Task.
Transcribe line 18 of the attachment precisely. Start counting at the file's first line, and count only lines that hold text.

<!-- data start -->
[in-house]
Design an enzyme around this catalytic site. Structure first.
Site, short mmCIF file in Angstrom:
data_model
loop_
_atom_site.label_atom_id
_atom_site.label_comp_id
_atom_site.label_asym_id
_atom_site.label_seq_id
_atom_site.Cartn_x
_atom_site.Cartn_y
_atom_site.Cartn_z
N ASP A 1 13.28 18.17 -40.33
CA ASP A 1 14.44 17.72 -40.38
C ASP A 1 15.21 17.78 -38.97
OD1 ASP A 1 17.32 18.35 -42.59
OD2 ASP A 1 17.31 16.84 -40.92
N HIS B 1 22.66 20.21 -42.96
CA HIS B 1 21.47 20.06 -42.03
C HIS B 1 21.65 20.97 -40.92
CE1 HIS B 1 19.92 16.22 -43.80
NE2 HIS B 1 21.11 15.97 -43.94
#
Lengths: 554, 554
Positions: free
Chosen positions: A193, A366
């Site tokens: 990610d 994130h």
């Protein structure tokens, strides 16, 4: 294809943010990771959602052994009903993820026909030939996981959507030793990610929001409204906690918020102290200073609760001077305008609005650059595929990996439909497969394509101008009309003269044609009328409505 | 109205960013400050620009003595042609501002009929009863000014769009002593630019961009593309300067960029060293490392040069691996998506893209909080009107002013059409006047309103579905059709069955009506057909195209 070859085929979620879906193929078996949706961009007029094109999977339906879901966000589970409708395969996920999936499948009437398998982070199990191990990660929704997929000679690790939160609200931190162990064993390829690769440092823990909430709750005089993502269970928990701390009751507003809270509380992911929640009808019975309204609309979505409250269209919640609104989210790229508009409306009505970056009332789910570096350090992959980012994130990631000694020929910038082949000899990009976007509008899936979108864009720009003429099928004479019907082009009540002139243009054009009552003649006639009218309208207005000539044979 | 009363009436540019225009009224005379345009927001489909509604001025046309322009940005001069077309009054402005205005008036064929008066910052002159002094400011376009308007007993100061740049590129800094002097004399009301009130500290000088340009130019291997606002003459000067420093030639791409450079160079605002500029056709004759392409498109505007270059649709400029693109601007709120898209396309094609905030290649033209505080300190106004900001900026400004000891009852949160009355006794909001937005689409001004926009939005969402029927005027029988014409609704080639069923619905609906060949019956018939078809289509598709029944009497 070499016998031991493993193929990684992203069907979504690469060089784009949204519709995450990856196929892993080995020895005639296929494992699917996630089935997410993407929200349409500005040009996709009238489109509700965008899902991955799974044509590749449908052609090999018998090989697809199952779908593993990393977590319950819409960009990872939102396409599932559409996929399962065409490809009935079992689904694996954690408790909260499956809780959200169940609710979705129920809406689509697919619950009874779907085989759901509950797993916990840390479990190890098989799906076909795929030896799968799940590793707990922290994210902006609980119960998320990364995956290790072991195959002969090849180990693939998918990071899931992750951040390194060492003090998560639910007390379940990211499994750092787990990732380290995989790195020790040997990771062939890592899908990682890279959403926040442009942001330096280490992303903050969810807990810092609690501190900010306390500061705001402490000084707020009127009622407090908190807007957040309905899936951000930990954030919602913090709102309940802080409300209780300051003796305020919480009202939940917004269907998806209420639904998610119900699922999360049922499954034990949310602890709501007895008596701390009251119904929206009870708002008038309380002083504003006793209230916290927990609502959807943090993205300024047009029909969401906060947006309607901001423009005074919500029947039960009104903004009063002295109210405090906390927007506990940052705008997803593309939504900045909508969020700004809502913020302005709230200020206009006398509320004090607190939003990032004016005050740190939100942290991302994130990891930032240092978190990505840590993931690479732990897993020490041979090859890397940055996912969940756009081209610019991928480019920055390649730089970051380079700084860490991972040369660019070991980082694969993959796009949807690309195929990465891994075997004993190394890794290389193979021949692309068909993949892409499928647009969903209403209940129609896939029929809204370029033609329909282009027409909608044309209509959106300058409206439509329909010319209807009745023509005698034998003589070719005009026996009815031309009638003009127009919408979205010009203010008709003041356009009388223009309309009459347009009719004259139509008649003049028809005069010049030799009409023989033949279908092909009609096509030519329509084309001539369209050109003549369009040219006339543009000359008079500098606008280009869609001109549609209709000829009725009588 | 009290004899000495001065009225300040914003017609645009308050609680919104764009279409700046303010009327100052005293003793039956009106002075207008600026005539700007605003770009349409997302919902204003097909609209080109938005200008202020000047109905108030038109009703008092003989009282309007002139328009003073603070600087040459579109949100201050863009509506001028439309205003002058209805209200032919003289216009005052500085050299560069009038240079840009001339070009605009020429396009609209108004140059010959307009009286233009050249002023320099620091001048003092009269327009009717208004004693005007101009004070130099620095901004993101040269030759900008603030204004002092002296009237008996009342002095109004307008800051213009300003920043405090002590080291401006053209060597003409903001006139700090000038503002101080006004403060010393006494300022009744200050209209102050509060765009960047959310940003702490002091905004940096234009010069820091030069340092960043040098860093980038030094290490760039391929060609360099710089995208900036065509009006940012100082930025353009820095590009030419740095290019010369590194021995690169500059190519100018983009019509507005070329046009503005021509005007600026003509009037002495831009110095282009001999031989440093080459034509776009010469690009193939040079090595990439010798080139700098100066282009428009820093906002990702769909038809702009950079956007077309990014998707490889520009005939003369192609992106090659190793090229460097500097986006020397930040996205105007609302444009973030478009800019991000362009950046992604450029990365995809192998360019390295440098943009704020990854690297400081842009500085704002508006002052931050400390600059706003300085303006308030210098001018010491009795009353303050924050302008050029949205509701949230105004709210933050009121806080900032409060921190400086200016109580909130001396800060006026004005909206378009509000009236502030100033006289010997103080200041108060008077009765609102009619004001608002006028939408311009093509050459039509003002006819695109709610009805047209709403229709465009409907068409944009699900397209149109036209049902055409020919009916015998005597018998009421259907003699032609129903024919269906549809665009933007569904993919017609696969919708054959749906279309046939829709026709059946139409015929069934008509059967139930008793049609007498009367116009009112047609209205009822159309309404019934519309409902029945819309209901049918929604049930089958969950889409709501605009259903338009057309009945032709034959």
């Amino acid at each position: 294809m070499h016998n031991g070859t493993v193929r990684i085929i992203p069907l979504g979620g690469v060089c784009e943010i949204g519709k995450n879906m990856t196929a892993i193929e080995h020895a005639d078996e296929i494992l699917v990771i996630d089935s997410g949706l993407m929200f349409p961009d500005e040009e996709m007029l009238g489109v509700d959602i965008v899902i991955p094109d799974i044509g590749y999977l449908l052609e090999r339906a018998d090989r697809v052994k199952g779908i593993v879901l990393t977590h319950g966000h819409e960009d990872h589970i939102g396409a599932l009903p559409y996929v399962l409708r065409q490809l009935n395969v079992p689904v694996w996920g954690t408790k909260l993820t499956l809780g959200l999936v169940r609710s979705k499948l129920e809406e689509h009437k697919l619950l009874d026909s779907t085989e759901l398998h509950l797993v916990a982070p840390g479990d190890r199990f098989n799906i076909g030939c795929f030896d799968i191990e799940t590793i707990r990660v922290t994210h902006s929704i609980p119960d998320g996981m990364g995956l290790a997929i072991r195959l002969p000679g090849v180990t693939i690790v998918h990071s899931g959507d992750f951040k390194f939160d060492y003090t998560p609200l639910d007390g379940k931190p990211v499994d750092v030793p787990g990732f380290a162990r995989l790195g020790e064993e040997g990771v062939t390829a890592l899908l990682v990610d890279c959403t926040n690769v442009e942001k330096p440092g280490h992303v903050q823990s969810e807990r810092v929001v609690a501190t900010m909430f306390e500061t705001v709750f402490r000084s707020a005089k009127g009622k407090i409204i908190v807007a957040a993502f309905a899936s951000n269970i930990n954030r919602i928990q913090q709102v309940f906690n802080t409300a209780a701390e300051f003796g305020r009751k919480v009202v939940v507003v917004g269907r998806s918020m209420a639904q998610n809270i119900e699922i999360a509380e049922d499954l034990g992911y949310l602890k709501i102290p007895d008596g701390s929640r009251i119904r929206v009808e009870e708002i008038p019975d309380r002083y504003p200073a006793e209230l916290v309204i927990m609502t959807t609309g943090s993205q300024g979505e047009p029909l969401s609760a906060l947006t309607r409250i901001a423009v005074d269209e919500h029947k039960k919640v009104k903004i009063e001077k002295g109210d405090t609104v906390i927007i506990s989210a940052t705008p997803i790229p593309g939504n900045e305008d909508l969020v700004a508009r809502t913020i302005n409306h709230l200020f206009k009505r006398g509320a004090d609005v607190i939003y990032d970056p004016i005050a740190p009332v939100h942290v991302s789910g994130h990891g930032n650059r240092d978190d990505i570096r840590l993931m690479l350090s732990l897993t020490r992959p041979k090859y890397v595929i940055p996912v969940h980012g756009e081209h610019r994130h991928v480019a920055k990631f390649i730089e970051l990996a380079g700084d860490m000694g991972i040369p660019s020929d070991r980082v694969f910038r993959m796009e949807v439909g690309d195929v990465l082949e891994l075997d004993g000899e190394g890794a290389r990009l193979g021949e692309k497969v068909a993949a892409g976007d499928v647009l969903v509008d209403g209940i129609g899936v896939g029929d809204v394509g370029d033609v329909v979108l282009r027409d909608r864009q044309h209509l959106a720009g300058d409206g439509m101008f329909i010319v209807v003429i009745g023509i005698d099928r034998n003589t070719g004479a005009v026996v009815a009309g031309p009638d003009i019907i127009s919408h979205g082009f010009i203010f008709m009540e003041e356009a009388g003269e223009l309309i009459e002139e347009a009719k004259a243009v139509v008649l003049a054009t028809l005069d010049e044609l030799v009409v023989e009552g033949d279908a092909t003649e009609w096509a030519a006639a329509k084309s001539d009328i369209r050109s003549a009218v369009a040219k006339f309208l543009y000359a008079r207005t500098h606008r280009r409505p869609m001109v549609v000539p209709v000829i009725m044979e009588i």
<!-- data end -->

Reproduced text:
N HIS B 1 22.66 20.21 -42.96